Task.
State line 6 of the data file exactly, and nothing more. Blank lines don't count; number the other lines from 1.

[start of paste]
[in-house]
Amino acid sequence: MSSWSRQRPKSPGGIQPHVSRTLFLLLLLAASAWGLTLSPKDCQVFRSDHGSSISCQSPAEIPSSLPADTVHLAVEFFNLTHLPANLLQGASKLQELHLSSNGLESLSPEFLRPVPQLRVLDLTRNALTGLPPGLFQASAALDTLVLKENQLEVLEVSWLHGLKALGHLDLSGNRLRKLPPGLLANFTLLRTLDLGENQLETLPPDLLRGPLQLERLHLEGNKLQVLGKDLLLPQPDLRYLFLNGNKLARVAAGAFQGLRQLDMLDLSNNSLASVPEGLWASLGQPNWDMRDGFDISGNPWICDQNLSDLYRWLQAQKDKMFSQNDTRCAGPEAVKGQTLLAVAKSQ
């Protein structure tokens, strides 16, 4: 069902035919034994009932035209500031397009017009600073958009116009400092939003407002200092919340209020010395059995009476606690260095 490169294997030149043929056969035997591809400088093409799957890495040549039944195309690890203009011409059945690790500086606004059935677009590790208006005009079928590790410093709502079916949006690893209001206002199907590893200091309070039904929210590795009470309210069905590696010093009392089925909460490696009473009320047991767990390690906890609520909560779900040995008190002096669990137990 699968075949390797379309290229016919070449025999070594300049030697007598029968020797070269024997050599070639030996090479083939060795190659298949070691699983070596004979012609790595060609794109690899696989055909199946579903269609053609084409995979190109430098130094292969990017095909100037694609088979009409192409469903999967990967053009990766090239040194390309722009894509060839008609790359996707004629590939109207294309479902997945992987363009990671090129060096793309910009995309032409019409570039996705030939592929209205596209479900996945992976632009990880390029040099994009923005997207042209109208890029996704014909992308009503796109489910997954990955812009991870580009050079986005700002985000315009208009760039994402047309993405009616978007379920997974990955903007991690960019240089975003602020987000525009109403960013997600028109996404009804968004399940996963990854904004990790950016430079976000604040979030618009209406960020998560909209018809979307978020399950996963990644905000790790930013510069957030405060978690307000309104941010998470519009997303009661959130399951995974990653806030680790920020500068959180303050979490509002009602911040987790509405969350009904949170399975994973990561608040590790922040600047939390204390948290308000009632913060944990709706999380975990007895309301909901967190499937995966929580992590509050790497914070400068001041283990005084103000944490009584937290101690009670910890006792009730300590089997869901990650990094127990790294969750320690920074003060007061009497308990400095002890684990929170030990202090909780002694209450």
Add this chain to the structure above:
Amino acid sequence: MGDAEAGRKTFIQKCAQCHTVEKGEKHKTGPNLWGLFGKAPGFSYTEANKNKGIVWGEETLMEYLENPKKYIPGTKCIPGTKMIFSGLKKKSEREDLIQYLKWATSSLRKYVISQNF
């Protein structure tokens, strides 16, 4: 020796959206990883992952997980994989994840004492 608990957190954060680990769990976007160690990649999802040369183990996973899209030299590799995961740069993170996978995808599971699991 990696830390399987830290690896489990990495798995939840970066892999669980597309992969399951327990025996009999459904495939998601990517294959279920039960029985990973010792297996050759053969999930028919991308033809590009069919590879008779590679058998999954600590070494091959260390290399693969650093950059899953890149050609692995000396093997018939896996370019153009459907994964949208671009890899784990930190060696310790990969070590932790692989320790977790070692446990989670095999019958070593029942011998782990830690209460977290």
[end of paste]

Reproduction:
């Protein structure tokens, strides 16, 4: 020796959206990883992952997980994989994840004492 608990957190954060680990769990976007160690990649999802040369183990996973899209030299590799995961740069993170996978995808599971699991 990696830390399987830290690896489990990495798995939840970066892999669980597309992969399951327990025996009999459904495939998601990517294959279920039960029985990973010792297996050759053969999930028919991308033809590009069919590879008779590679058998999954600590070494091959260390290399693969650093950059899953890149050609692995000396093997018939896996370019153009459907994964949208671009890899784990930190060696310790990969070590932790692989320790977790070692446990989670095999019958070593029942011998782990830690209460977290």